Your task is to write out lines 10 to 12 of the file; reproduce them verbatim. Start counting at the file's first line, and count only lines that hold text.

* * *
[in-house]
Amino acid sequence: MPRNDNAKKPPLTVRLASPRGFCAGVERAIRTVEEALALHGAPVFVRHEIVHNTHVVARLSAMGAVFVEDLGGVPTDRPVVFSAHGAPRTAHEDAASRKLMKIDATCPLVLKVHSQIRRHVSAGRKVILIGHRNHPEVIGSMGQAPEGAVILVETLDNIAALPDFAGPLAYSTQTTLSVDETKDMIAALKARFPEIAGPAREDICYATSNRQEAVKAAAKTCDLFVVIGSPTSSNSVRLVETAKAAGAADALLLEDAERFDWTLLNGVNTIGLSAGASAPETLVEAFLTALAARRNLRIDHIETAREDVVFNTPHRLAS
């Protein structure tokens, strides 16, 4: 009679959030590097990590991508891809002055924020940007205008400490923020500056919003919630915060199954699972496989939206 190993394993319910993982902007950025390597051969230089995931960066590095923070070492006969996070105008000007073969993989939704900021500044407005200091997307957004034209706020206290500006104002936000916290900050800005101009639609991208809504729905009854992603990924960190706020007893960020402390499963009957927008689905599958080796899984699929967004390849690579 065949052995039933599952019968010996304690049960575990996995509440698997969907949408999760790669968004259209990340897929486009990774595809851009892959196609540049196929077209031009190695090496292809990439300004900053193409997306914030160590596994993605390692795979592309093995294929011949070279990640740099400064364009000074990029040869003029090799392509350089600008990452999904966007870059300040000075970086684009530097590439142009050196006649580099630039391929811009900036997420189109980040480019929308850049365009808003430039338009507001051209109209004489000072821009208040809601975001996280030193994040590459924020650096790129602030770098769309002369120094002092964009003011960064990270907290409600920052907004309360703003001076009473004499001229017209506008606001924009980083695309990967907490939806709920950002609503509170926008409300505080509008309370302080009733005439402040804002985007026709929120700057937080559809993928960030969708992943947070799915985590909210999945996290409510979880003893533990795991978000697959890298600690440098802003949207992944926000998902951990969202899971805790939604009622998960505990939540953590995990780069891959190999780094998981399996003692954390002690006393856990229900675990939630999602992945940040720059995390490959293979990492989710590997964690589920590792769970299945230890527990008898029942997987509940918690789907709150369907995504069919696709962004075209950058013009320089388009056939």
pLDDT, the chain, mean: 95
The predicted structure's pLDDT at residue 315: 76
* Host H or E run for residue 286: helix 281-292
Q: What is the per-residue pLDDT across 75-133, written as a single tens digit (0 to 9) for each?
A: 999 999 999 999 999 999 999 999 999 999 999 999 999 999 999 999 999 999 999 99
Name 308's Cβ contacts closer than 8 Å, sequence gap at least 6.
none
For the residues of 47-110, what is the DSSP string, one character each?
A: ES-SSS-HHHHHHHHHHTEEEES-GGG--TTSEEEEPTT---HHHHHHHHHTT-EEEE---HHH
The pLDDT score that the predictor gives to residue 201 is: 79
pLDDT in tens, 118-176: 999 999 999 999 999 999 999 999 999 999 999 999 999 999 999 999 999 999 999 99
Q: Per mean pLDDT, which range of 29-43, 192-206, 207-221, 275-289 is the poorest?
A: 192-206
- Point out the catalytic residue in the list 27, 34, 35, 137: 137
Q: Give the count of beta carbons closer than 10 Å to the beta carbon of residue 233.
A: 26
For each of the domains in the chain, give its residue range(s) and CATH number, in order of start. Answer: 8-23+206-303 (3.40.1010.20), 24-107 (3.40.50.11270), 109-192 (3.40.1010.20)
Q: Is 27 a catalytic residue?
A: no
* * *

none
For the residues of 47-110, what is the DSSP string, one character each?
A: ES-SSS-HHHHHHHHHHTEEEES-GGG--TTSEEEEPTT---HHHHHHHHHTT-EEEE---HHH